4
$\begingroup$

I'm looking for an astronomy book that's picture first, and covers a variety of topics but leads into the relevant math. Enough of a start for a kid that really studies could do a few easy examples for themselves.

If you've read anything of the like, please share.

$\endgroup$
7
  • 4
    $\begingroup$ Astronomy is a vast topic... and you can tackle anything at various levels of math, depending on how deep you want to go. Making pictures of the sky and how to improve and progress there? How stars form? How stars work? How planets move? How to measure stellar distances? ... what is astronomy to you? What is your level of enthusiasm, what is your math background? $\endgroup$ Nov 25, 2023 at 22:54
  • 4
    $\begingroup$ What kind of maths are you talking about. A lot of the maths of astronomy is based on trigonometry and calculus. That is beyond most "kids", unless by "kid" you really mean "teenager" $\endgroup$
    – James K
    Nov 25, 2023 at 22:55
  • $\begingroup$ The kid is a preteen, but he will grow. It's been a major interest for years now, and as long as there is a focus on the cool side of astronomy, it's fine if he comes back to the math later. Plus kids surprise you sometimes. $\endgroup$
    – DWM
    Nov 26, 2023 at 2:47
  • $\begingroup$ You know him better than any of us. There are lots of book websites that let you see a preview: amazon.co.uk/Astrophysics-Young-People-Hurry-Degrasse/dp/… amazon.co.uk/Mysteries-Universe-Discover-best-kept-secrets/dp/… amazon.co.uk/Book-Astronomy-Space-Lisa-Miles/dp/1474903673 But these aren't going to get you into maths, because, like I said, that really needs calculus, or at least some serious algebra. $\endgroup$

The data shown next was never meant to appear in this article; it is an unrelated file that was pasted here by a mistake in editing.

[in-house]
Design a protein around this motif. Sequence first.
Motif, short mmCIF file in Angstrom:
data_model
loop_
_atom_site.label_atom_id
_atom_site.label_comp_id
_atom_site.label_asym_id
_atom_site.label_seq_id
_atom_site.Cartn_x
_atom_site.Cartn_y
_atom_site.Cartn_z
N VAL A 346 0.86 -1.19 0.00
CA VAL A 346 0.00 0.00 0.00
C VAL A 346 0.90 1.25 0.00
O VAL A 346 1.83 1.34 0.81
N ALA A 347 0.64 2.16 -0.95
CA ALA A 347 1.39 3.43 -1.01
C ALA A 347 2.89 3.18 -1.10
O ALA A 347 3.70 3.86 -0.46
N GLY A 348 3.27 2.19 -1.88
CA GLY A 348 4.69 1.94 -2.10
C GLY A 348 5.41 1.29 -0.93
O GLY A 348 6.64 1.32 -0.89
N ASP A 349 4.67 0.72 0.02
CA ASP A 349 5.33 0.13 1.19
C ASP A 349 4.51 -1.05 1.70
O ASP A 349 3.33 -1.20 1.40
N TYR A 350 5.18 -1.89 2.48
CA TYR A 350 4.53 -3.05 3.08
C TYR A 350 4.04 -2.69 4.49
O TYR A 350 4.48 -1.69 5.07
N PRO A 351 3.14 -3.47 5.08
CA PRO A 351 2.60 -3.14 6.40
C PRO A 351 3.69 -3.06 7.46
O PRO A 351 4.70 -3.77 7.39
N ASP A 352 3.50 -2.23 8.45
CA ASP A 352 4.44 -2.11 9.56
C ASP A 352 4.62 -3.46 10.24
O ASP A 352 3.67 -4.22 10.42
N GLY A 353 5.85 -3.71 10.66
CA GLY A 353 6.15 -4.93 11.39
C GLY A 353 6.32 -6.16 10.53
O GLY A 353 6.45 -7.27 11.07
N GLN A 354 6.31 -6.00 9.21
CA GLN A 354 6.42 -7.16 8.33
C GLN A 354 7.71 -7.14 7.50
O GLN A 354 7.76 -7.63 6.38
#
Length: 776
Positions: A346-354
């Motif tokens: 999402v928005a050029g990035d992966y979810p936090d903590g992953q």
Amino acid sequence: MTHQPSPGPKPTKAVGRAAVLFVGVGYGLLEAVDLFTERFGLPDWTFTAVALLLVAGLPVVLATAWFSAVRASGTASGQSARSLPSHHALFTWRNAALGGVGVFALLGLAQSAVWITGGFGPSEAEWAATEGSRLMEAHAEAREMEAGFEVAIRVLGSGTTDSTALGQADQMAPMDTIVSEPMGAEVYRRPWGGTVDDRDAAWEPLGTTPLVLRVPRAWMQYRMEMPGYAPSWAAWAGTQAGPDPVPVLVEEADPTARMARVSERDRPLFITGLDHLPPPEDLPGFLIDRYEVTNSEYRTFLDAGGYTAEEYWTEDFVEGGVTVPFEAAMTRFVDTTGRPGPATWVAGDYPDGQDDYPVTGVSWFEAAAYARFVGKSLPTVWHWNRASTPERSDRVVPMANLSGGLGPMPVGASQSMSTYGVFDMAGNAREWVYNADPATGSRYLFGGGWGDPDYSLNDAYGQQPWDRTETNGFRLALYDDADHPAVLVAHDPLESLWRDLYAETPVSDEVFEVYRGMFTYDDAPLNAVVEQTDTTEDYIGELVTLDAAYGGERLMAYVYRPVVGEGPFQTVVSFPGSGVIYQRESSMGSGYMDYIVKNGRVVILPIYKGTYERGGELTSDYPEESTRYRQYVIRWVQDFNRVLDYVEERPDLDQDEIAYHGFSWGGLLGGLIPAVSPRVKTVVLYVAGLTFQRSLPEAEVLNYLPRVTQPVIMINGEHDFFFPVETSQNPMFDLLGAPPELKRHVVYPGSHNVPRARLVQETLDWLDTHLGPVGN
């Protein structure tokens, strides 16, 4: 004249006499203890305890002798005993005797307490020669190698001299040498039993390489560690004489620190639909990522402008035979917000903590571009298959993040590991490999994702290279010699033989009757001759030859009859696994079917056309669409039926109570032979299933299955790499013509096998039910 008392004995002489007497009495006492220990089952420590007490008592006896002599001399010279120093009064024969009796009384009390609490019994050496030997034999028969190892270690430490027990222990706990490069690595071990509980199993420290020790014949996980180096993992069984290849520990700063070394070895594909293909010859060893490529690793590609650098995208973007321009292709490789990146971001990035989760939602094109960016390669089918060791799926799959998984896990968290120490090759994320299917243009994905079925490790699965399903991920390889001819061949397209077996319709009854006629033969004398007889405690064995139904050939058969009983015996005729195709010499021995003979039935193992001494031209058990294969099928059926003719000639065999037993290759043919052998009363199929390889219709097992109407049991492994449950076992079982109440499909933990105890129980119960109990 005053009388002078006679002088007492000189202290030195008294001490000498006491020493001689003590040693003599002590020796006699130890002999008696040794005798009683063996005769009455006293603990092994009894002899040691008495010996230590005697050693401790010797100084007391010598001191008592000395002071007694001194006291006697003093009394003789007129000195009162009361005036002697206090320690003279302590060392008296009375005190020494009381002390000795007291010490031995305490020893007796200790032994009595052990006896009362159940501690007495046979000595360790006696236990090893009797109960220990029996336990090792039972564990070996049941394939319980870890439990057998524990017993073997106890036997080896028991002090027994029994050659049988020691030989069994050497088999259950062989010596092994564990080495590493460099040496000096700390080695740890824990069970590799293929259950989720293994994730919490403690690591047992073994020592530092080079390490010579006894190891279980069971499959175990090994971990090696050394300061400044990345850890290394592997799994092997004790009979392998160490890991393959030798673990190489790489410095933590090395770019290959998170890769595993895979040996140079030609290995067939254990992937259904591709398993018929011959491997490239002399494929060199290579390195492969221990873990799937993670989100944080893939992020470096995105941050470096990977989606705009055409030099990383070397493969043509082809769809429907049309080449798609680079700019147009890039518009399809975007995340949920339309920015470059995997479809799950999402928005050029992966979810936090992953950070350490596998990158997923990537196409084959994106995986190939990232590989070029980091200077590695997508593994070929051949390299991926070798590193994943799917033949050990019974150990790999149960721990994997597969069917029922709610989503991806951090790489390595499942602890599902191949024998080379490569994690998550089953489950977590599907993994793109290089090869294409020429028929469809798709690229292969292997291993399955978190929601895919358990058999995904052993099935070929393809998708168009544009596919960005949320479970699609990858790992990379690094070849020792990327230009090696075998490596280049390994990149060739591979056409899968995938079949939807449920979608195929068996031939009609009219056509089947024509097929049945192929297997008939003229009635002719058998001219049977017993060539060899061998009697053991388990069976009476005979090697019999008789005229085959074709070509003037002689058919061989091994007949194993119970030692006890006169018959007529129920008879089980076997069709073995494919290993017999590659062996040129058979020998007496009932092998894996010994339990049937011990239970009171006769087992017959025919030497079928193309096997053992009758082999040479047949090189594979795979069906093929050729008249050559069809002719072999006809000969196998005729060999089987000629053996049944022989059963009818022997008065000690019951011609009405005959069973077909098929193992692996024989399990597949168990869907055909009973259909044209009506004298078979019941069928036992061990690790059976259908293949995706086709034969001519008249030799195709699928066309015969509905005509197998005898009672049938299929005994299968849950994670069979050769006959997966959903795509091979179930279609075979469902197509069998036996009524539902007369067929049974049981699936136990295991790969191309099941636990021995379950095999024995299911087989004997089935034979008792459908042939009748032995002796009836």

– James K
    Nov 26, 2023 at 11:58
  • 1
    $\begingroup$ @dtn He excels as a communicator and educator. His research work was (according to wiki) on type 1a supernovae. Nothing Nobel-prize-winning! But this is not the point. You don't need Jim Peebles to write a book for pre-teens. $\endgroup$
    – James K
    Apr 8 at 7:33

2 Answers 2

2
$\begingroup$

David A. Aguilar seems like a really good author to read.

Basically, nearly all of his books do not use pain-in-the-a** algebra or neuron-damaging equations, easy to digest for a teenager or perhaps even a children.

Most of his books tend to be within 8 to 25 USD, so I guess, you can afford them and read them.

$\endgroup$
1
  • $\begingroup$ What could be read from more serious literature, for example, about mathematical models of pulsars, computer examples and computational experiments? $\endgroup$
    – dtn
    Apr 8 at 6:42
2
$\begingroup$

Try Astronomy today, by Eric Chaisson and Steve McMillan. It is very comprehensive, easy for people with little background in mathematics or astrophysics to understand, and has plenty of visuals to complement it. The newest edition is very expensive, but used copies of the 8th edition tend to be cheaper (I got mine for 15 dollars) and the information is still up-to-date. Here's a link to buy the book: https://www.amazon.com/Astronomy-Today-8th-Eric-Chaisson/dp/0321901673

$\endgroup$
1
  • $\begingroup$ Answering your concern about the math, this book presents relatively basic mathematical laws, probably enough for a preteen or teenage to understand. $\endgroup$
    – Astrovis
    Mar 7 at 5:14

You must log in to answer this question.

Not the answer you're looking for? Browse other questions tagged .